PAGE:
Foes of an initiative drive planned for the 2008 ballot said they don’t want preferential treatment based on race or sex, but they still oppose any constitutional amendment that would make such advantages illegal.
A series of speakers from various civic groups decried the Arizona Civil Rights Initiative as divisive and a setback for efforts by women and minorities to get a level playing field. Operating as the Protect Arizona’s Freedom Coalition, organizers hope to persuade voters not to follow the lead of California, which adopted a similar measure in 1996.
Daniel Ortega, a board member of Los Abogados, an association of Hispanic lawyers, said the initiative “would send us all back to the days when people got jobs based on who they knew and not what they knew.”
He said the initiative would foster preferences “based on the good-old-boy network.”
“They don’t want to give people equal opportunity,” Ortega said.
That theme was echoed by the Rev. Oscar Tillman, president of the Maricopa County chapter of the National Association for the Advancement of Colored People. He said minorities battle many forms of discrimination, such as at universities that give preferential admission to children of graduates.
“They create the playing field,” Tillman said, “then tell us how we can play in it.”
The state and most communities grant no special preferences when hiring or awarding public contracts. The only Arizona regulation says agencies awarding small contracts must seek out at least one quote from a company owned by a woman or a minority.
In Tucson, however, qualified firms owned by women or minorities can submit a bid that is up to 7 percent higher than one provided by a nonminority company and still get the contract.
Tillman would not directly address the associated costs to taxpayers, instead saying some programs are needed to take care of “some of the inequities of the past when you passed over us.”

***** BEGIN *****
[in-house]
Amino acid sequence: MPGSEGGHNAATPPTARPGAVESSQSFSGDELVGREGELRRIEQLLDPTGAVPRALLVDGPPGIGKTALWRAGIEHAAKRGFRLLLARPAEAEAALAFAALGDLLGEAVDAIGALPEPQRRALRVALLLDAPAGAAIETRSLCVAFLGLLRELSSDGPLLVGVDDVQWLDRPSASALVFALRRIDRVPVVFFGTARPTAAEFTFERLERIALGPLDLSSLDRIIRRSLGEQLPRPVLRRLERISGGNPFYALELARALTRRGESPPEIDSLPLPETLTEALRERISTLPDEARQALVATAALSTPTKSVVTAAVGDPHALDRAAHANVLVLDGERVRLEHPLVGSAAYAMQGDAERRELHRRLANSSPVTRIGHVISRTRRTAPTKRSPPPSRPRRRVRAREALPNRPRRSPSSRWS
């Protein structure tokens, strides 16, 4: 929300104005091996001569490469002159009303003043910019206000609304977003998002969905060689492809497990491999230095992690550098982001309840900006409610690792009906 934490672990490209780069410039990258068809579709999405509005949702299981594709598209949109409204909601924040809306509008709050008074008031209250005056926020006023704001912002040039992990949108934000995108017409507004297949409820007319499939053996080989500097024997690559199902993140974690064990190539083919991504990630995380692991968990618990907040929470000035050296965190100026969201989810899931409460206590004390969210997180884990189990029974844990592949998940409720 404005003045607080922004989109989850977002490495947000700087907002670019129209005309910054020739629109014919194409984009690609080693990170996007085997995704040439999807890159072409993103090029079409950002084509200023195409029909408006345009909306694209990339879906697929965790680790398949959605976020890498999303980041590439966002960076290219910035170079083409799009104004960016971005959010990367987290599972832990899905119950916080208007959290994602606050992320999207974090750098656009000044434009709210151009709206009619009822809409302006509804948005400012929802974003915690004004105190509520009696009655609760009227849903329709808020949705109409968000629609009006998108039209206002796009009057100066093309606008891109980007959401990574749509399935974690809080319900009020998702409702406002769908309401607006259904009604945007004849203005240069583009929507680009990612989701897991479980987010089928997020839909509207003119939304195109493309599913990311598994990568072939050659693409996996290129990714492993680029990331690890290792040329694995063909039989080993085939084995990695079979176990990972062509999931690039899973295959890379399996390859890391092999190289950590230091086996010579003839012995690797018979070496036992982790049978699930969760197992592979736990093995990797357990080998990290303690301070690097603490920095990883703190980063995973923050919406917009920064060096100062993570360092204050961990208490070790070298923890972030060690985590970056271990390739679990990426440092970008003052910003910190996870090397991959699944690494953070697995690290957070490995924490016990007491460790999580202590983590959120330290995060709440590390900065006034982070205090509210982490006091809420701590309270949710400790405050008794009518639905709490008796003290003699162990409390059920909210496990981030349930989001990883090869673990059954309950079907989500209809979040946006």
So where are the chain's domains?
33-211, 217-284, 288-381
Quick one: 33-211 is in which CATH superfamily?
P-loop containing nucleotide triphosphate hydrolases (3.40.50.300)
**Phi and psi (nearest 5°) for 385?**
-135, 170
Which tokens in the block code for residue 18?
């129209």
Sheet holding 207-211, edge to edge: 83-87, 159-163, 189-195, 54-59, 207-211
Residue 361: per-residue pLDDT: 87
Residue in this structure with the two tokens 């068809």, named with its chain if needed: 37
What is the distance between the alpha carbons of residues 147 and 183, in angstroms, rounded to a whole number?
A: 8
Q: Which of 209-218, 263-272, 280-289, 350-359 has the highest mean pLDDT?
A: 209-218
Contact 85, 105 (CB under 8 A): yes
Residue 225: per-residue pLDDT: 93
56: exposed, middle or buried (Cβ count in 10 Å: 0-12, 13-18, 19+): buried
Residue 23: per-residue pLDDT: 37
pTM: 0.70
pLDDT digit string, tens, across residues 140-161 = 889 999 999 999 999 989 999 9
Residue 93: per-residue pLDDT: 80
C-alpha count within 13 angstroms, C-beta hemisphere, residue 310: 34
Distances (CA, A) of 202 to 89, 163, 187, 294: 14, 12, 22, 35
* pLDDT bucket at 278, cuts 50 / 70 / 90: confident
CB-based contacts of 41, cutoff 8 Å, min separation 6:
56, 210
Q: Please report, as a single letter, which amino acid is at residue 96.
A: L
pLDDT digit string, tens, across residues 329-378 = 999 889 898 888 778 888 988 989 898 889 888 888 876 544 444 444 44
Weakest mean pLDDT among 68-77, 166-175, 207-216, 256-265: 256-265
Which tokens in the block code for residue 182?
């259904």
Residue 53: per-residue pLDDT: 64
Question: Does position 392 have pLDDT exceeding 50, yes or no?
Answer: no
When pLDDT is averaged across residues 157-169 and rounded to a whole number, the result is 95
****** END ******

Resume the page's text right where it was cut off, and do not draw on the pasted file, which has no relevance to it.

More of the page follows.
“And if preferences come into play in order to make that a level playing field, then that’s what we’re looking for,” added Ron Busby, president of the Greater Phoenix Black Chamber of Commerce.
State Rep. Kyrsten Sinema, D-Phoenix, said she feared the initiative would wipe out the Governor’s Commission to Prevent Violence Against Women and the Women in Applied Science and Education program at Arizona State University, aimed at helping women in the College of Education.
Maricopa County Attorney Andrew Thomas is chairman of the initiative drive.
Thomas has been battling Maricopa County Superior Court over what he calls “race-based” courts for those charged with drunken driving, and special programs for those who have been convicted of repeat offenses. Court officials say programs aimed at people with different cultural and linguistic backgrounds help them complete probation.
A federal judge has refused to block the courts, saying that Thomas has no right to sue.
Draft text of Arizona Civil Rights Initiative
(a) The state shall not discriminate against, or grant preferential treatment to, any individual or group on the basis of race, sex, color, ethnicity, or national origin in the operation of public employment, public education, or public contracting.
(b) Nothing in this section shall be interpreted as prohibiting bona fide qualifications based on sex that are reasonably necessary to the normal operation of public employment, public education, or public contracting.
(c) Nothing in this section shall be interpreted as invalidating any court order or consent decree that is in force as of the effective date of this section.
(d) Nothing in this section shall be interpreted as prohibiting action that must be taken to establish or maintain eligibility for any federal program, if ineligibility would result in a loss of federal funds to the state.
(e) For the purposes of this section, “state’’ shall include, but not necessarily be limited to, the state itself, any city, county, city and county, state and county, public university system, including the University of Arizona, Arizona State University, Northern Arizona University, community college district, school district, special district, or any other political subdivision or governmental instrumentality of or within the state.
(f) The remedies available for violations of this section shall be the same, regardless of the injured party’s race, sex, color, ethnicity, or national origin, as are otherwise available for violations of then-existing Arizona antidiscrimination law.
(g) This section shall be self-executing. If any part or parts of this section are found to be in conflict with federal law or the United States Constitution, the section shall be implemented to the maximum extent that federal law and the United States Constitution permit. Any provision held invalid shall be severable from the remaining portions of this section.